Applications should reach the appropriate Program Member Office no later than Thursday 1 December 2022

ANZIC survey: supporting scientific ocean drilling proposals

Got a scientific ocean drilling proposal in mind? The ANZIC Science Committee and the ANZIC Office are committed to supporting our community in preparing and submitting new or resurrected proposals – but we need your input! 

Please take a moment to complete our short survey so we can learn more about what you’re seeking to do, how it aligns with the 2050 Science Framework, and whether you’d like us to host an informal webinar outlining the proposal process. We’d also love to hear about drilling ideas that are not yet developed so we can try connect you with collaborators or projects, or provide a workshop to develop the idea further. 

This survey is open to anyone in Australia or New Zealand who is considering a drilling project in any ocean, or international collaborators considering drilling projects in ANZIC waters. We also welcome ICDP proposal ideas. 

Call for Feedback: Science Mission Requirements for a New Riserless U.S. Drilling Vessel

Deadline: 16 September 2022

Members of the ANZIC community are invited to provide feedback on the draft report on Science Mission Requirements for a globally ranging riserless U.S. drilling vessel to address high priority scientific objectives outlined in the 2050 Science Framework: Exploring Earth by Scientific Ocean Drilling. This report has been prepared by a steering committee of the U.S. Science Support Program (USSSP) at the request of the National Science Foundation, and is the culmination of an extensive process that included the U.S. community survey, a series of online workshops, and an in-person workshop held in Chicago in May 2022.

Science Mission Requirements for a New Riserless U.S. Drilling Vessel

The draft report has now been posted for community feedback from U.S and non-U.S. members of the IODP community, with a submission deadline of 16 September 2022. This is an opportunity for the global ocean research community to provide input on a critical facility necessary to carry out the aims of the 2050 Science Framework.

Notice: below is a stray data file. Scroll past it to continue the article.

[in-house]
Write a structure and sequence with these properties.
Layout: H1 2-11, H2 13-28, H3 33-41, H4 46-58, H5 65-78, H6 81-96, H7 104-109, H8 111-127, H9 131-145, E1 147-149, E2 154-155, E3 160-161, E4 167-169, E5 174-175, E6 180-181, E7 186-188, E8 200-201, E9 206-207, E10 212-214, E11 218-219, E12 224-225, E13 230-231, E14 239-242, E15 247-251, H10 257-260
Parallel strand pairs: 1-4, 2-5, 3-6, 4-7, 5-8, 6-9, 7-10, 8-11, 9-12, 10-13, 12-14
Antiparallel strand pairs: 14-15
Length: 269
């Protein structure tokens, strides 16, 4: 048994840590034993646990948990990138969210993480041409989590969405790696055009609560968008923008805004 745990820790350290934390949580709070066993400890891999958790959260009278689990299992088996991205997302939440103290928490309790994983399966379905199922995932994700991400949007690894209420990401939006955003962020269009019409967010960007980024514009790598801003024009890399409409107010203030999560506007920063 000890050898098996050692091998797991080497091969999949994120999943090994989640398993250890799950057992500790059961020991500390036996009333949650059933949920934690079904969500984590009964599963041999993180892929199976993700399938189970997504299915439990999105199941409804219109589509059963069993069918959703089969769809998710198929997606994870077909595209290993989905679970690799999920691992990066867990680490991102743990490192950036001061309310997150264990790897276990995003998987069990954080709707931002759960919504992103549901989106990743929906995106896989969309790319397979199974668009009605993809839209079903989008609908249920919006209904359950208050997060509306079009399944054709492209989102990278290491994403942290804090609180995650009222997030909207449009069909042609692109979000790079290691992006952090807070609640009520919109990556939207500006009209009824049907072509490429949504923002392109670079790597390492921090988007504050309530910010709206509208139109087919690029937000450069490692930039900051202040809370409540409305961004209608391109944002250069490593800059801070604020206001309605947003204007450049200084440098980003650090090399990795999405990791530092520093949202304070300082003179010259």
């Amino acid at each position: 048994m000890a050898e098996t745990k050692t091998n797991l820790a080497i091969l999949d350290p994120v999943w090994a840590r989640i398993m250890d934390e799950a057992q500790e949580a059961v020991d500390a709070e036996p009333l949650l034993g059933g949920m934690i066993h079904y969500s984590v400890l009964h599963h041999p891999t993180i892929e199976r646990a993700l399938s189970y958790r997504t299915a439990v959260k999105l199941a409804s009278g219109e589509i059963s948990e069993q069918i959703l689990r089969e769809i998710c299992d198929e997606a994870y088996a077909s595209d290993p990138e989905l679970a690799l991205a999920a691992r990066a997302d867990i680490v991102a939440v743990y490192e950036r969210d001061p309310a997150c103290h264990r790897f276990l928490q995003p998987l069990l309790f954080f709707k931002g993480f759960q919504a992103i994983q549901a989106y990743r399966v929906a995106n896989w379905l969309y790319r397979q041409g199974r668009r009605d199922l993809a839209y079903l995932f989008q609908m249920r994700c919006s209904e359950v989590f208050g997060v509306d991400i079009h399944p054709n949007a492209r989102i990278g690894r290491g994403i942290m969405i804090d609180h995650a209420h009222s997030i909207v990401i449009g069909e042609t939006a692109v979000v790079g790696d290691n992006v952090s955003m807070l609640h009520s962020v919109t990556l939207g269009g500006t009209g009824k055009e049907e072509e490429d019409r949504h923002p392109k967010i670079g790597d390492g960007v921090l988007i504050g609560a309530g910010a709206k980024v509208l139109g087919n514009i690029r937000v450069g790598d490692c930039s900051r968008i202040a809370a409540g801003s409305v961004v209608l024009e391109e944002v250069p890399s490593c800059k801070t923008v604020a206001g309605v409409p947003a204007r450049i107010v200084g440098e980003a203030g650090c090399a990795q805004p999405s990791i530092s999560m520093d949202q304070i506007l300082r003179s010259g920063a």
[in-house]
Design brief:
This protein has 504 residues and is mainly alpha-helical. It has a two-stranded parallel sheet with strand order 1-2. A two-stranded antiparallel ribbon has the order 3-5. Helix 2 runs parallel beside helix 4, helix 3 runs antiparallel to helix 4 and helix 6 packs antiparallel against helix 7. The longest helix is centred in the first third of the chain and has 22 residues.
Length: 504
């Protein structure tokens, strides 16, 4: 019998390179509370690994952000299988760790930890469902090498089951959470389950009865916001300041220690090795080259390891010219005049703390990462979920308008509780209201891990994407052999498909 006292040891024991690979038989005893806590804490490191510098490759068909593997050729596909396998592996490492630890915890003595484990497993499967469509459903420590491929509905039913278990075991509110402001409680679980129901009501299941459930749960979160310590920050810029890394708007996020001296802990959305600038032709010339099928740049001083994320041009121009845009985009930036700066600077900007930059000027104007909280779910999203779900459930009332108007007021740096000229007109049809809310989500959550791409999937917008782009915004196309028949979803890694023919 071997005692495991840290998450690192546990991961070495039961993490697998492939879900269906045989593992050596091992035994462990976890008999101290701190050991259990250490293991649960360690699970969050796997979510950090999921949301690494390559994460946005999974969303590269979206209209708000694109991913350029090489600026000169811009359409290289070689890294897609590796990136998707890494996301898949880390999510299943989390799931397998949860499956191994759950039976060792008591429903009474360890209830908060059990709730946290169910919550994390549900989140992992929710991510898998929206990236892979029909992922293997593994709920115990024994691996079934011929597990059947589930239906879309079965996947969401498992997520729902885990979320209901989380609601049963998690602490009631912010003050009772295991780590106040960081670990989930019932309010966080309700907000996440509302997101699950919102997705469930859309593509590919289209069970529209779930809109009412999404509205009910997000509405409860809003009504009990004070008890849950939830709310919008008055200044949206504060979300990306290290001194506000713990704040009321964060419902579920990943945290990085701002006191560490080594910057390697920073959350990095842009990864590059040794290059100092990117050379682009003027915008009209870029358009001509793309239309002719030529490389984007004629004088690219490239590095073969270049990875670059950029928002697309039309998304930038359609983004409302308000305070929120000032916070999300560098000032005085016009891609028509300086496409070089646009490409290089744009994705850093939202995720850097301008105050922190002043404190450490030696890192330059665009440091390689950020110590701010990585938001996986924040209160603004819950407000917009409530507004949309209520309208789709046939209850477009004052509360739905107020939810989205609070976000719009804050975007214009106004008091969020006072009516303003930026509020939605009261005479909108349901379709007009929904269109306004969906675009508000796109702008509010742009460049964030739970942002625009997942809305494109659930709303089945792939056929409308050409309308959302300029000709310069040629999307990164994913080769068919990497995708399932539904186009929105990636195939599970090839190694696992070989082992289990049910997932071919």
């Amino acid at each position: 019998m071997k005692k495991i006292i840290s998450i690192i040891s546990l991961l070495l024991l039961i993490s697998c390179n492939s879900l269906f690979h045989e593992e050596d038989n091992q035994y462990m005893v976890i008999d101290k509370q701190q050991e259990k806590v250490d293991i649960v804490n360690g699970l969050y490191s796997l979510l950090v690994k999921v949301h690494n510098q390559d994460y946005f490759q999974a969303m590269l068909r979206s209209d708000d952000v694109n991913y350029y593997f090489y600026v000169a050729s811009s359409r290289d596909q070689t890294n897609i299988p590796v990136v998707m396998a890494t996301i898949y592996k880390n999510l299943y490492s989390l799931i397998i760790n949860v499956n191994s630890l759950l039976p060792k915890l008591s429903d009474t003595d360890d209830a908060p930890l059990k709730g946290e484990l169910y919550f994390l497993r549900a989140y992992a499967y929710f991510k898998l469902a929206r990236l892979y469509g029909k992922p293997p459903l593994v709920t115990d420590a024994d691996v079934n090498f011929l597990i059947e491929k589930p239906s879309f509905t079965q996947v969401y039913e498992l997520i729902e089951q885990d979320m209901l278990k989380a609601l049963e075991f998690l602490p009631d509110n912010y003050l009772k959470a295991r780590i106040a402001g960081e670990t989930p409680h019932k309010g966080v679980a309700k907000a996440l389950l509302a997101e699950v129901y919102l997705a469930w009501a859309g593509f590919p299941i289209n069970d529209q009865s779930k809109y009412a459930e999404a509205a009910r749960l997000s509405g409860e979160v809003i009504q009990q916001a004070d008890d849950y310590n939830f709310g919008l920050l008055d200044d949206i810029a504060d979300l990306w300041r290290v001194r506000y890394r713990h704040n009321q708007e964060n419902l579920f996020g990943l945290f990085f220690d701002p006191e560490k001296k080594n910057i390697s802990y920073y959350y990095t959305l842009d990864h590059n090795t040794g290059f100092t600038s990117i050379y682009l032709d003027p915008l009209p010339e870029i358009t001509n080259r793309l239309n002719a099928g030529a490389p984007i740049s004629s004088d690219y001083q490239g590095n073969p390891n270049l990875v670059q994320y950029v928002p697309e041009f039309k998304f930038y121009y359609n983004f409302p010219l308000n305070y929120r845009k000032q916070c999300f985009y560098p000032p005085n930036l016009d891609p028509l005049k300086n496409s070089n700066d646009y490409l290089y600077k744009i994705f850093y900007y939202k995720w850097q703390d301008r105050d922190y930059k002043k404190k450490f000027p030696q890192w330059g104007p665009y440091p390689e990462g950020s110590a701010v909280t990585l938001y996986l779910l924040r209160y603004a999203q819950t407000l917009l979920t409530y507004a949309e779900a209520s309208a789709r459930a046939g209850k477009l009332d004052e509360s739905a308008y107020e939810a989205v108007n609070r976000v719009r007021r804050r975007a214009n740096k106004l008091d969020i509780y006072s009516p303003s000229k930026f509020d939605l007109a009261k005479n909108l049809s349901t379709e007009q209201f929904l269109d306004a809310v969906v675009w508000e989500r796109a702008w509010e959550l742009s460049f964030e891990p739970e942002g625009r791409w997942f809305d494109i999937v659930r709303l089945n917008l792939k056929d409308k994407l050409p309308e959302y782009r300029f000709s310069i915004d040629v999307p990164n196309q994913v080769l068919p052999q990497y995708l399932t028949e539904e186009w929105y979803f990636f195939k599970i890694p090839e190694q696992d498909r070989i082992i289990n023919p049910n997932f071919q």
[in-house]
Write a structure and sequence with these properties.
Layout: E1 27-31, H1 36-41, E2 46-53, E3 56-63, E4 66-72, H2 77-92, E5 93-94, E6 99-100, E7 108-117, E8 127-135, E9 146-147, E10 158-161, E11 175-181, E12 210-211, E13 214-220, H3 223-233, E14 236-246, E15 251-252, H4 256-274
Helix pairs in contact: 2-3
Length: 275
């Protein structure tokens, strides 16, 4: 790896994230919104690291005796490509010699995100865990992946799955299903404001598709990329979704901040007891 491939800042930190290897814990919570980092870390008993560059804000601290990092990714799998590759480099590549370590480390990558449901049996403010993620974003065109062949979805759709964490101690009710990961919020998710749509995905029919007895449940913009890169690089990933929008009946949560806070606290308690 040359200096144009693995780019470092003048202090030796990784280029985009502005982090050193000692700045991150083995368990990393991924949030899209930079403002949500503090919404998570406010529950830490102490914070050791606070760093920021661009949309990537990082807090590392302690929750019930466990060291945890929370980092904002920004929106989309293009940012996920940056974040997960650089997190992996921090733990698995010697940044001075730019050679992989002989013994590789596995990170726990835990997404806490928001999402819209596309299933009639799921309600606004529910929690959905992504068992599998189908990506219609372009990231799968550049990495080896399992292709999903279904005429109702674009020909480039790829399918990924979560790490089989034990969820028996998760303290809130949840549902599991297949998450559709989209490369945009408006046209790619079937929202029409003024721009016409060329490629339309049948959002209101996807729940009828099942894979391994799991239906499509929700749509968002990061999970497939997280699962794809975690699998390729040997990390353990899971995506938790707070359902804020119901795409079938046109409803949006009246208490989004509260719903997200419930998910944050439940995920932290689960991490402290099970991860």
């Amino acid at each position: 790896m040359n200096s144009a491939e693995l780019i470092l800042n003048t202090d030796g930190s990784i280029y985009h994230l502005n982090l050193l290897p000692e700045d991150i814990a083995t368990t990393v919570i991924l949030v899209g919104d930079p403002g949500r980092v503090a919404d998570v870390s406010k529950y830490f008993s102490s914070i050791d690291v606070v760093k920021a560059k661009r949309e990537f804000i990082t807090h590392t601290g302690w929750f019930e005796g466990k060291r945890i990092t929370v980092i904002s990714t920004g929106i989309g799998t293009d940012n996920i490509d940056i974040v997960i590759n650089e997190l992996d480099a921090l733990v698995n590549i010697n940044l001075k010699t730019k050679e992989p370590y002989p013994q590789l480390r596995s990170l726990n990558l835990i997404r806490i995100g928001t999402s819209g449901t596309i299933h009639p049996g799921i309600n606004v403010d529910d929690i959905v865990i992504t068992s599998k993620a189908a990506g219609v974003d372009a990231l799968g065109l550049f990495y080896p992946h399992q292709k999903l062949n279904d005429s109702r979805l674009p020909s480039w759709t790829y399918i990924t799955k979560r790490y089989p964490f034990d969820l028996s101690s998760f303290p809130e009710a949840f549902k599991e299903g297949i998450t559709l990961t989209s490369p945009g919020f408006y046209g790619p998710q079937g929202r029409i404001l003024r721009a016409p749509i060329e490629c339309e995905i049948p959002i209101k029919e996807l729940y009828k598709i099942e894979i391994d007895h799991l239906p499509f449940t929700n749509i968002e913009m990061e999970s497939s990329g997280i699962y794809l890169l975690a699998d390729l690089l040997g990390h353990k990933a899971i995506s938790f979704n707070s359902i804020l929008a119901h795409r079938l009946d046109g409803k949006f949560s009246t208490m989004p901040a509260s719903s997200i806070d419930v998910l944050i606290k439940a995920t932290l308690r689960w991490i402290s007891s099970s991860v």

View the full report here.

Expedition Call 389: Hawaiian Drowned Reefs – closing soon!

An IODP Mission Specific Platform Expedition organised by the ECORD Science Operator (ESO) 


Logo for IODP Expedition 389 Hawaiian Drowned Reefs

Applications are invited from scientists in countries participating in IODP to join the Science Party for IODP Expedition 389: Hawaiian Drowned Reefs. Any scientist from an IODP member country with expertise relevant to the objectives of the proposal may apply. 

Please note that this call supersedes the previous Calls for Scientists in October 2018. We are not carrying over previous applications, and we welcome fresh applications from both new and previous applicants. 

The Co-chief Scientists for this Expedition are Prof. Jody Webster (University of Sydney, Australia) and Prof. Ana Christina Ravelo (University of California, Santa Cruz, USA). 

The proposal upon which this expedition is based was submitted as IODP Proposal #716 ‘Hawaiian Drowned Reefs’. The proposal describing the primary drill sites, as well as up-to-date expedition information, can be found on the Expedition 389 webpage. You may also find it useful to consult a science article on the expedition by the Co-chief Scientists and others in ECORD Newsletter #35 (Dec 2021) (pages 20-23).

Map for IODP Expedition 389 Hawaiian Drowned Reefs


Information webinar: 9 September

A special information webinar was held on 9 September for interested parties to learn more about the scientific objectives of this expedition, life at sea, and how to apply to participate. 


Background and objectives 

The overall goal of the drilling campaign is to sample a unique succession of drowned coral reefs around Hawaii now at -134 to -1155 m below sea level. As a direct result of Hawaii’s rapid (2.5-2.6/kyr) but nearly constant subsidence, a thick (100-200 m) expanded sequence of shallow coral reef dominated facies is preserved within the reefs. These reefs span important periods in Earth climate history, either not available or highly condensed on stable (Great Barrier Reef, Tahiti) and uplifted margins (Papua New Guinea, Barbados) due to a lack of accommodation space and/or unfavourable shelf morphology. Specifically, these data show that the reefs grew (for ~90-100 kyrs, albeit episodically) into, during and out of the majority of the last five to six glacial cycles.